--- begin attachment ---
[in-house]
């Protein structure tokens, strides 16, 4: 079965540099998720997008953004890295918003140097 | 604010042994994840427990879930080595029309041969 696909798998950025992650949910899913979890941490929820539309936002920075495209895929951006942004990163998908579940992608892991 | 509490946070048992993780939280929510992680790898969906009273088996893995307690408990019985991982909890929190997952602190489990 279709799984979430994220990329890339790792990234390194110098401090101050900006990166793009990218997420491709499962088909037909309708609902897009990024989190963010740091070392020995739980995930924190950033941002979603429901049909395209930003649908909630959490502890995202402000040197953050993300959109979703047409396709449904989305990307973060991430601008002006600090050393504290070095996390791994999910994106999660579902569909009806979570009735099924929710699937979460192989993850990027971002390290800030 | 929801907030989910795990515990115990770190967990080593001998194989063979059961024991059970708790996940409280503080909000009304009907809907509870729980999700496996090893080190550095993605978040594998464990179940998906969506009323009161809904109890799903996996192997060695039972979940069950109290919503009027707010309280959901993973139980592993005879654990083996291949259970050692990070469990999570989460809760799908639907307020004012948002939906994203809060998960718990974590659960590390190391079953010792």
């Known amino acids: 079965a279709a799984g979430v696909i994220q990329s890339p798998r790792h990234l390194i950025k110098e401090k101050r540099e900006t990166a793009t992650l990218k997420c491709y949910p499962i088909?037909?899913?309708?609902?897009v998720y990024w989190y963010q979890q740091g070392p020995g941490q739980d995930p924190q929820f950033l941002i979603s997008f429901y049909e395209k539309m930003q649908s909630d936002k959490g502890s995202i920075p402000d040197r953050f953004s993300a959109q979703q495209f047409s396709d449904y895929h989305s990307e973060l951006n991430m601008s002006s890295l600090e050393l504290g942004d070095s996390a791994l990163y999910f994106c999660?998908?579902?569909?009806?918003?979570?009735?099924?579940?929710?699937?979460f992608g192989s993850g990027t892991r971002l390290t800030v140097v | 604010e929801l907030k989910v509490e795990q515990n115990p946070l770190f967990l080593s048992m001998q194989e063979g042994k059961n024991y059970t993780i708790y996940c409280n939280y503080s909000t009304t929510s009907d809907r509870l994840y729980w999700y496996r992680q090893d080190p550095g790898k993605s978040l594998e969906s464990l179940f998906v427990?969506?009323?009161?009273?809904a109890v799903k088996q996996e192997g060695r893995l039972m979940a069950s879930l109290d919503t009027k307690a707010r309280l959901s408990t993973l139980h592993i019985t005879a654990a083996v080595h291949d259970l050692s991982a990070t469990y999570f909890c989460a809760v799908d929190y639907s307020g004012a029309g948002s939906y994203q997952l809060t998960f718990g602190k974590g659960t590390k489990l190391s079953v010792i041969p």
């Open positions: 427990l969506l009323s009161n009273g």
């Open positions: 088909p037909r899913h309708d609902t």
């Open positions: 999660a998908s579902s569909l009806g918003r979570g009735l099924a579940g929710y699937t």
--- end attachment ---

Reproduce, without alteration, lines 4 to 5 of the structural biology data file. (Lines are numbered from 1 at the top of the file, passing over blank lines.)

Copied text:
């Open positions: 427990l969506l009323s009161n009273g």
């Open positions: 088909p037909r899913h309708d609902t």